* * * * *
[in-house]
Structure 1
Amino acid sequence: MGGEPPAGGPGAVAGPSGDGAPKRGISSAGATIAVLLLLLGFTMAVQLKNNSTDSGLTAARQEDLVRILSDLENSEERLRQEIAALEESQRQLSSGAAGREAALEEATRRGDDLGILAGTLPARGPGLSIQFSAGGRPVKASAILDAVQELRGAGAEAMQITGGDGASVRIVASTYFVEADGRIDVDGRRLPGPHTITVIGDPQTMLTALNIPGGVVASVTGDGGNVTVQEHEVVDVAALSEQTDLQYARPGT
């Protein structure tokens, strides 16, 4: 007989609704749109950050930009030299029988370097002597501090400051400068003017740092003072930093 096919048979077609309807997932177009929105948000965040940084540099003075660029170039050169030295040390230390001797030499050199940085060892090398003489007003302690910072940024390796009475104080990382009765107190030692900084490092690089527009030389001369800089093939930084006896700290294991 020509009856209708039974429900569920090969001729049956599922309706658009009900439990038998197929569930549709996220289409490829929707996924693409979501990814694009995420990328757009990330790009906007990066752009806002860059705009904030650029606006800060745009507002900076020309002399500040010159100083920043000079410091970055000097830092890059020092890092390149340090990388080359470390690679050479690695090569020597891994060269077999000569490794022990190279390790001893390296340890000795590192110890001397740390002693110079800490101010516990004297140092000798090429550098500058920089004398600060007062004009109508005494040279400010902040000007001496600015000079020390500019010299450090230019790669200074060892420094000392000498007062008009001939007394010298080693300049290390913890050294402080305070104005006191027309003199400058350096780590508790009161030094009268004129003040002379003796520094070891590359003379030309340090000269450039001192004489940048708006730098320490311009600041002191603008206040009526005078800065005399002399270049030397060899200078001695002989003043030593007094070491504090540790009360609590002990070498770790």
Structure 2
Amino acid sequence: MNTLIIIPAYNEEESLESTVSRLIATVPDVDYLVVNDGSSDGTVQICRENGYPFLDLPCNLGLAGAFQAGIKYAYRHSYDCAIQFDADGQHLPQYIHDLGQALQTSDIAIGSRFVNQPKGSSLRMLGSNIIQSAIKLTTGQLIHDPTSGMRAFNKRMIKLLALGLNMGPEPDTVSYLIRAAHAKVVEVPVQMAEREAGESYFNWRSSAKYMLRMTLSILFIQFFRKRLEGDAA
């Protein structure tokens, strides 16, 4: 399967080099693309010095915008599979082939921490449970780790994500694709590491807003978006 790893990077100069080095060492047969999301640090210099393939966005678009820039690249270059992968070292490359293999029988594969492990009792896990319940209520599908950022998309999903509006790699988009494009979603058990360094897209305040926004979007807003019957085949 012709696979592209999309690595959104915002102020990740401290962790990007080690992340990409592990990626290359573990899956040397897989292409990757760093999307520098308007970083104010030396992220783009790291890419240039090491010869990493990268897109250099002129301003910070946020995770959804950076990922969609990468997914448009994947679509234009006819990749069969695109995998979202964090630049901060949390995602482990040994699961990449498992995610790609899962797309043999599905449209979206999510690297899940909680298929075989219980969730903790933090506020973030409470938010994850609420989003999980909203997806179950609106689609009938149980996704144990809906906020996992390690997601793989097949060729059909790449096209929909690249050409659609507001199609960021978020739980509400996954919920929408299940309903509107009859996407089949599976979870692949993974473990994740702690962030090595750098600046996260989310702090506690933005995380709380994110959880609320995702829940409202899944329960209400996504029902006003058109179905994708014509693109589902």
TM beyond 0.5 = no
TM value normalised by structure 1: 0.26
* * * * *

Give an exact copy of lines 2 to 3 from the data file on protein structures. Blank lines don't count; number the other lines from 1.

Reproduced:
Structure 1
Amino acid sequence: MGGEPPAGGPGAVAGPSGDGAPKRGISSAGATIAVLLLLLGFTMAVQLKNNSTDSGLTAARQEDLVRILSDLENSEERLRQEIAALEESQRQLSSGAAGREAALEEATRRGDDLGILAGTLPARGPGLSIQFSAGGRPVKASAILDAVQELRGAGAEAMQITGGDGASVRIVASTYFVEADGRIDVDGRRLPGPHTITVIGDPQTMLTALNIPGGVVASVTGDGGNVTVQEHEVVDVAALSEQTDLQYARPGT